Okay, so I’ve been recording data on my moods. I think I’ve gone over the current methodology already, but allow me to reiterate. Skip to the the graph if you’ve seen it or don’t care. I have set up my Droid phone to ping me every hour using the Calendar app. I think that ties in to Google Calender, so I guess I’m shoving some screwy stuff into the data hoover that is Google, but I’m too small to affect them.
Anyway, when I get an alert (or as soon as I can afterwards, or whenever I feel an extreme emotion) I record three things about my mood: my energy level, whether it’s a good or bad mood, and the context of the mood. Note that “energy level” isn’t as much my general energy level as the energy level of my mood: anger is an energetic bad mood, mellow is a low energy good mood. I record all this using the Tap Log app on my phone. I’ll talk about how I code the context later, because I changed it this week. That’s also why I don’t analyze it here, but that is definitely in the plans for later.
The Tap Log data is then exported to a csv file and downloaded onto my laptop. I extract the mood data and analyze it using Python 2.7 (I’m also tracking everything I eat and all my exercise in Tap Log, and may start tracking other things in the near future). I would use Python 3.0, but I’m the generating graphs in matplotlib, which is dragging it’s feet about upgrading to Python 3.0.
Without further methodological blathering, here’s the graph(s):
To explain: the solid blue line is the good/bad mood scale. When it goes up I’m in a good mood, when it goes down I’m in a bad mood. The red dots are my energy levels. I could have done a red line, but I wanted to emphasize that the energy level is a descriptor of the mood, not a separate thing being tracked. It also serves to mark when the data is recorded. Time is the horizontal axis, marked in hours on a 24-hour clock. The dashed horizontal lines mark the average for the day, blue for good/bad and red for energy. The last graph summarizes those daily averages across the week. Note that the averages are weighted by the time between points: it’s not the sum of the ratings divided by the number of ratings, it’s the area under the rating line divided by the length of the time period rated.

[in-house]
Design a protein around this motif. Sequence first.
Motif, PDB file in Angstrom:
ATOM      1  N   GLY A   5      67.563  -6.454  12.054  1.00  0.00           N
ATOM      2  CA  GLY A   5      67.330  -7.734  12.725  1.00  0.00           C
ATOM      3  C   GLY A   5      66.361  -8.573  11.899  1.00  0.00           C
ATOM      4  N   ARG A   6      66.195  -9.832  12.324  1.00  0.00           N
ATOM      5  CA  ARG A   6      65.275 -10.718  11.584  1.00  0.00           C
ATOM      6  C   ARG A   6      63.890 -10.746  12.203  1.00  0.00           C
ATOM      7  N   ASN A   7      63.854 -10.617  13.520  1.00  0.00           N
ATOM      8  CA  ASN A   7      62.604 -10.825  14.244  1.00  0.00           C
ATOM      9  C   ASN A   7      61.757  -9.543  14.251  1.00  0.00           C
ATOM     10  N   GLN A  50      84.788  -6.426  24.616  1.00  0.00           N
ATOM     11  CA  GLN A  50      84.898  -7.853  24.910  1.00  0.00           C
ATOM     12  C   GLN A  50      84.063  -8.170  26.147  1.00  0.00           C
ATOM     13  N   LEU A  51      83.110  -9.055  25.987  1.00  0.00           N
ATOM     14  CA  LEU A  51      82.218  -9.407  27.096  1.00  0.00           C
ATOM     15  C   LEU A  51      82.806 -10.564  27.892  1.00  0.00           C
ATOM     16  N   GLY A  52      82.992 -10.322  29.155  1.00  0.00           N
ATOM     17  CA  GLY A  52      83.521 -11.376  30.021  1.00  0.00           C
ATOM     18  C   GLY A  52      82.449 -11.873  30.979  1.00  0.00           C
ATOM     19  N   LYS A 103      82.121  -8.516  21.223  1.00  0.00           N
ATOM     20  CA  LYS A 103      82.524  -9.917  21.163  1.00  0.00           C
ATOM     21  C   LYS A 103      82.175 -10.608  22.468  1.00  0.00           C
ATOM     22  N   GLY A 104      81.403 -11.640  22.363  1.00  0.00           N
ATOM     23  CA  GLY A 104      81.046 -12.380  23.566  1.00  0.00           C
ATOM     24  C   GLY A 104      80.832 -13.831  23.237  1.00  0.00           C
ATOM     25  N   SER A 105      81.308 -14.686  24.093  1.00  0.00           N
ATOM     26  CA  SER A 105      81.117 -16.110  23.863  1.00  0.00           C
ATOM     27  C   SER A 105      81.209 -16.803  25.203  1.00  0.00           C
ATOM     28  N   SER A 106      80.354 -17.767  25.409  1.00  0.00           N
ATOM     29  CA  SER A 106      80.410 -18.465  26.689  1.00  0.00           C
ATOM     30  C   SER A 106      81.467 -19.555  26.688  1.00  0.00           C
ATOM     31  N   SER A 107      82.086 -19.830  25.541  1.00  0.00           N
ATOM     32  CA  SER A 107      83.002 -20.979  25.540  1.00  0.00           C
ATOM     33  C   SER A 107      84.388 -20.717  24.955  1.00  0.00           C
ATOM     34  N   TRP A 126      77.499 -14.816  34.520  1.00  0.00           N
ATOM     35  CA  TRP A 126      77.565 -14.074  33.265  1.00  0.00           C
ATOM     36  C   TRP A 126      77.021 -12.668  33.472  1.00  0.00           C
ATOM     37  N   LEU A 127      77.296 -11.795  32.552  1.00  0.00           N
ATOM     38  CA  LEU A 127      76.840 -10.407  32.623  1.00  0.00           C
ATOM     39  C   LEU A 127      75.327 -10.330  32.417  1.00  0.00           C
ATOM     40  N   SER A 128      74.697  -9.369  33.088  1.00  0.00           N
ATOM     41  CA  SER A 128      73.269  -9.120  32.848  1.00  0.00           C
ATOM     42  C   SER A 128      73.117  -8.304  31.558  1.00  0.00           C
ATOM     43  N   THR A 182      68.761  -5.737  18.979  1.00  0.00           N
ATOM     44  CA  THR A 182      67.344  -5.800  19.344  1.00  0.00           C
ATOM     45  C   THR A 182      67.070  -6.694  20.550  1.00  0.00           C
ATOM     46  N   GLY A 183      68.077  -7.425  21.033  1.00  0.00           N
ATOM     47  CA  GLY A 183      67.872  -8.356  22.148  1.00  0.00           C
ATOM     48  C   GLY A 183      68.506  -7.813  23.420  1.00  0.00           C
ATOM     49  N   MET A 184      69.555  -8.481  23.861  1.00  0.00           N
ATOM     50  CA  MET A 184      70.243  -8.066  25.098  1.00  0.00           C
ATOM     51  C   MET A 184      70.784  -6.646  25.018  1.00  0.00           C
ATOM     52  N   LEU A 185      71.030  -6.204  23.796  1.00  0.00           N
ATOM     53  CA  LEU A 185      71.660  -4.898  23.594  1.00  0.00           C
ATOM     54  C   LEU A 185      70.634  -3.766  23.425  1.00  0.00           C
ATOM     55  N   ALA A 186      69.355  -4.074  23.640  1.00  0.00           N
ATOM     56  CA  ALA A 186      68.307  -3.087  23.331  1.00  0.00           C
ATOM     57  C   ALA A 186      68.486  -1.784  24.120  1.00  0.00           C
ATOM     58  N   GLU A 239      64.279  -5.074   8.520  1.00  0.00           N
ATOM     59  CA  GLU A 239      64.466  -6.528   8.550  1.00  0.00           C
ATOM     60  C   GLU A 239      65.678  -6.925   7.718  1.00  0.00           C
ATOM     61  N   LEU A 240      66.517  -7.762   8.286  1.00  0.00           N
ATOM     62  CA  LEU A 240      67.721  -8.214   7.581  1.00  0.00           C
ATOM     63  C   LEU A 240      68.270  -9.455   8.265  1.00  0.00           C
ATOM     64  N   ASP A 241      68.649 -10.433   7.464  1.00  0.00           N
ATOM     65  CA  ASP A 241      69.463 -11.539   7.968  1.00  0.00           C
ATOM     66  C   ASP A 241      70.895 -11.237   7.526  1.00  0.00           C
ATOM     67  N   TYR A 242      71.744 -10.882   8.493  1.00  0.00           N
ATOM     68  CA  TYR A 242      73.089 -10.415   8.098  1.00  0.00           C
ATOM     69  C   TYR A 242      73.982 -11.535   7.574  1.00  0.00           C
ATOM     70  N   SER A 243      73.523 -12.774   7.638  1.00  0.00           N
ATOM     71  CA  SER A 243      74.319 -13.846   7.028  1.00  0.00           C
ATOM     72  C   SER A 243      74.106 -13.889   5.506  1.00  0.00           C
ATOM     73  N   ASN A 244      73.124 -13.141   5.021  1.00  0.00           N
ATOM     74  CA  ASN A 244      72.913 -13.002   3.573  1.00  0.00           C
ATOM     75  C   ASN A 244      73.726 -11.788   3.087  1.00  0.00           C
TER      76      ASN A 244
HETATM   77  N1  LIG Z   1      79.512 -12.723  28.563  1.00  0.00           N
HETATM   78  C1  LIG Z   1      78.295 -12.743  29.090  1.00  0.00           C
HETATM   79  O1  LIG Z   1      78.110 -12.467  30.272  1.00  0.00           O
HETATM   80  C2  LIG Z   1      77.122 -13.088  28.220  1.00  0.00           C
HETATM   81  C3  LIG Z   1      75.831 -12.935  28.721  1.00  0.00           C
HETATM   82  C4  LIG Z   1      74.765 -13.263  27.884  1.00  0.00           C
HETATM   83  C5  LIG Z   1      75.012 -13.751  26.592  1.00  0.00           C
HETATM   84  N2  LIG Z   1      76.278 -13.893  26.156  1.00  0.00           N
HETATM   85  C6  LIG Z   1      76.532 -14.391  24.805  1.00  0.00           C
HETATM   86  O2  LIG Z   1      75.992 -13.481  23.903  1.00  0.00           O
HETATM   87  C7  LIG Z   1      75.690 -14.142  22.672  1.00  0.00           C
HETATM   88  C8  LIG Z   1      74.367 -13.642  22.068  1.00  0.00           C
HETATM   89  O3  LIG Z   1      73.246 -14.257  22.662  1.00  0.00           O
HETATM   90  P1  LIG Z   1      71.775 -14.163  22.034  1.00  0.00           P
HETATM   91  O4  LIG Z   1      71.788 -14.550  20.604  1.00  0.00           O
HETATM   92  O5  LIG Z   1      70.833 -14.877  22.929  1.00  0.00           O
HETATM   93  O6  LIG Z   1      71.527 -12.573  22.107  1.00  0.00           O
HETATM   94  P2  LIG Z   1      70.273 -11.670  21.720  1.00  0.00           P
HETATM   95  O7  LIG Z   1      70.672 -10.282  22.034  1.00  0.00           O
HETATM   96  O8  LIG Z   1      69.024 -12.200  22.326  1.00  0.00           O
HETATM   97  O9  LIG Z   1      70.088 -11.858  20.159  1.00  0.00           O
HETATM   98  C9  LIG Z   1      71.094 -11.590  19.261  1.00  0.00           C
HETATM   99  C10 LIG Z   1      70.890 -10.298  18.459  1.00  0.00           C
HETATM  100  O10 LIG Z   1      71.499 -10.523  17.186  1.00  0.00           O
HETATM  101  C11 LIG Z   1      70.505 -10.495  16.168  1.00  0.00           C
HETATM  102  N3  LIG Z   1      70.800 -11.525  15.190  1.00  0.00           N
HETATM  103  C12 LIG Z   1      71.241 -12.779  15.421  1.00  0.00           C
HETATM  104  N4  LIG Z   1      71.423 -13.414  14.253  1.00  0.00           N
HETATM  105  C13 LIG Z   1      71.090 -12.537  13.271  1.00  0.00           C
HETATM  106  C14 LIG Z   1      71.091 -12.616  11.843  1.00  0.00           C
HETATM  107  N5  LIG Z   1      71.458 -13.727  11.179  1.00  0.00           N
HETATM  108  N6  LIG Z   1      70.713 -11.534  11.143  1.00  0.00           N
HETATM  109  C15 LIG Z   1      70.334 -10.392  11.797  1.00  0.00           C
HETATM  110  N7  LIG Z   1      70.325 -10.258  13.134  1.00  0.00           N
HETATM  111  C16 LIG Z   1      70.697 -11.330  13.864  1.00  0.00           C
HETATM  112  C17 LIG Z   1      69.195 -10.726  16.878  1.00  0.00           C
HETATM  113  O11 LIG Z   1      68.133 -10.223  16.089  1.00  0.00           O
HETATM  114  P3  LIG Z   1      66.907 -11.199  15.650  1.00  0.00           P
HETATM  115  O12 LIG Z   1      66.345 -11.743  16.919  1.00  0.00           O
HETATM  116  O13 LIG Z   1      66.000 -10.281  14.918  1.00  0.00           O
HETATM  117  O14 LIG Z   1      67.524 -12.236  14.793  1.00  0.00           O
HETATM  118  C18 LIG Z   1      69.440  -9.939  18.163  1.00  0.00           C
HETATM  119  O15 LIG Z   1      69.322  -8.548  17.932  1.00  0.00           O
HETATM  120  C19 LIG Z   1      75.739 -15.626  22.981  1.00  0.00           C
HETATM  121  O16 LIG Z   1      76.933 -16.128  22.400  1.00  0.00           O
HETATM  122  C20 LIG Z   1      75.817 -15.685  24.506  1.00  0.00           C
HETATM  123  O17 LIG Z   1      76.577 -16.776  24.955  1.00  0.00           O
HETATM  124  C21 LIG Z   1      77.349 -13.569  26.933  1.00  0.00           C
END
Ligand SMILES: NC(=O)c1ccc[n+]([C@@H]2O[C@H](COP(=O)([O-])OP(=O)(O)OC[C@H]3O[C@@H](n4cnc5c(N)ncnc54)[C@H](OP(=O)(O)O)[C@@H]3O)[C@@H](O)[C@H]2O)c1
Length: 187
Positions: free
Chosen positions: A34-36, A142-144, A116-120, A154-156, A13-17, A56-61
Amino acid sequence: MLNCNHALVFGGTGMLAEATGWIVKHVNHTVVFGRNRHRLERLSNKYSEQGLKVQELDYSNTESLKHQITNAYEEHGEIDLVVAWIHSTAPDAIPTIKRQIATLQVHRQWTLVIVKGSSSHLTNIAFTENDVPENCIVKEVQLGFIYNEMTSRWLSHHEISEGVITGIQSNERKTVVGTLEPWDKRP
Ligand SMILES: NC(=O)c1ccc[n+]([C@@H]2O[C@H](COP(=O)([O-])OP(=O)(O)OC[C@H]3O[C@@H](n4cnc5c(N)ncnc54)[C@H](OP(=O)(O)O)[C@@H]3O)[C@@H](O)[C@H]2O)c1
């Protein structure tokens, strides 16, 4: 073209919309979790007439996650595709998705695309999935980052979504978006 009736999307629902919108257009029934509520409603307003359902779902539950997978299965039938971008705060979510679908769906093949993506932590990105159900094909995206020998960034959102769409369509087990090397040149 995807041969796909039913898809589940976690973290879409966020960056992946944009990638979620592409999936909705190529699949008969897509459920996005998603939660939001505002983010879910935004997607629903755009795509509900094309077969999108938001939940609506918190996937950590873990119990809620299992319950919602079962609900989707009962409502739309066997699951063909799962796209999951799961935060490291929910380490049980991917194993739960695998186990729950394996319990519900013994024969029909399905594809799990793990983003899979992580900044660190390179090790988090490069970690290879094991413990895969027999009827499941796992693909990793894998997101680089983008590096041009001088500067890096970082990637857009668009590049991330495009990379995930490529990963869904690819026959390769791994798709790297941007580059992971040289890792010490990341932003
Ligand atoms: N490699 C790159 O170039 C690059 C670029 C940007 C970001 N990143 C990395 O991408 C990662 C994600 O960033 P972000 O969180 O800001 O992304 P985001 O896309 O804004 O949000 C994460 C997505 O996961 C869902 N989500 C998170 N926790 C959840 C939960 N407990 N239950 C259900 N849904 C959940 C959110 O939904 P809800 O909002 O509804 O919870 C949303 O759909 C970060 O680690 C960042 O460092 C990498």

The alert among you have noticed that the graph is neither an American week (starting on Sunday) nor a British week (starting on Monday). It starts on Wednesday, because it’s a me week. Python’s datetime module plus a little curiosity equals the fact that I was born on a Wednesday. The graph starts on a Wednesday too, and represents the 2207th week of my life.
There are some problems with the graph. Obviously, it’s biased by my perceptions of my mood. But then what is our mood but our perception of it? It exists nowhere but in our perceptions, so it is inherently subjective. A more important problem is that I often don’t here the alert from my phone, and missing the alert is correlated with noisy environments: the train and the bus. If the train or the bus significantly effect my mood, it will bias things. It’s likely they do, because it’s when I spend most of my time programming and writing, two things I enjoy. I’m working on that, trying to pay more attention to the time when I’m commuting.
When I first looked at the graph, I thought it was too busy: three lines and a sequence of dots, encoding two dimensional data across time with averages. After working with it for a while I think that’s not so much of a problem. Some graphs are complicated and you need some experience with them to extract information from them. But if you can extract that information it justifies the complexity. I have some other graphs that I am planning to use for the monthly summaries, but those will have to wait until I have a month’s worth of data. And until I can define a me month in the similar way to the me week. Those graphs will not have the time information, but will give a better representation of the two dimensions the moods are being coded in.
As I said I’m tracking the context of my moods. That’s one of the first things I want to look for correlations with my mood. I tried to do it with a few single keywords, and one or two modifiers. But on analyzing the codings I did, there were often times that needed more than one of them, and others were really combinations of two others. So now I am using multiple keywords, but I just start using them this week, so an analysis of them will have to wait for at least a week, more if I want a good amount of data for all the categories.